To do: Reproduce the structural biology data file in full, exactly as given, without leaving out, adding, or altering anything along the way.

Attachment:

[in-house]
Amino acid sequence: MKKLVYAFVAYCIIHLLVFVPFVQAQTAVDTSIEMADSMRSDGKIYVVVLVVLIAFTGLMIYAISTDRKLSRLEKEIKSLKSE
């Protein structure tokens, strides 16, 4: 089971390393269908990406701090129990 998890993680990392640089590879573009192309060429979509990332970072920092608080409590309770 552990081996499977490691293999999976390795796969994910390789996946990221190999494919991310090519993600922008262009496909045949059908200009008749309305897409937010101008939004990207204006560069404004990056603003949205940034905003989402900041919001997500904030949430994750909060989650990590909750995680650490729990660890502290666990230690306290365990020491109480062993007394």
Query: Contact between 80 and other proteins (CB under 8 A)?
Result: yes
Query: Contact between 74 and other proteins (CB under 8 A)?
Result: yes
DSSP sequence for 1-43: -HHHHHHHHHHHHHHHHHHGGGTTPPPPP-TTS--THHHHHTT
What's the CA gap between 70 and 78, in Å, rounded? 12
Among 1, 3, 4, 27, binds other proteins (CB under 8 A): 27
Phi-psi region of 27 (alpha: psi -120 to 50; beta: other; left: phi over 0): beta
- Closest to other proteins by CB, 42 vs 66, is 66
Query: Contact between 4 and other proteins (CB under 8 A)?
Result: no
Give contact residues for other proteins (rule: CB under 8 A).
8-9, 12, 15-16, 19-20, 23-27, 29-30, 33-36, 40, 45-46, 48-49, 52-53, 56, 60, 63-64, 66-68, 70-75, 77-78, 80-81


[in-house]
Amino acid sequence: MKKLVYAFVAYCIIHLLVFVPFVQAQTAVDTSIEMADSMRSDGKIYVVVLVVLIAFTGLMIYAISTDRKLSRLEKEIKSLKSE
């Protein structure tokens, strides 16, 4: 089971390393269908990406701090129990 998890993680990392640089590879573009192309060429979509990332970072920092608080409590309770 552990081996499977490691293999999976390795796969994910390789996946990221190999494919991310090519993600922008262009496909045949059908200009008749309305897409937010101008939004990207204006560069404004990056603003949205940034905003989402900041919001997500904030949430994750909060989650990590909750995680650490729990660890502290666990230690306290365990020491109480062993007394």
Query: Contact between 80 and other proteins (CB under 8 A)?
Result: yes
Query: Contact between 74 and other proteins (CB under 8 A)?
Result: yes
DSSP sequence for 1-43: -HHHHHHHHHHHHHHHHHHGGGTTPPPPP-TTS--THHHHHTT
What's the CA gap between 70 and 78, in Å, rounded? 12
Among 1, 3, 4, 27, binds other proteins (CB under 8 A): 27
Phi-psi region of 27 (alpha: psi -120 to 50; beta: other; left: phi over 0): beta
- Closest to other proteins by CB, 42 vs 66, is 66
Query: Contact between 4 and other proteins (CB under 8 A)?
Result: no
Give contact residues for other proteins (rule: CB under 8 A).
8-9, 12, 15-16, 19-20, 23-27, 29-30, 33-36, 40, 45-46, 48-49, 52-53, 56, 60, 63-64, 66-68, 70-75, 77-78, 80-81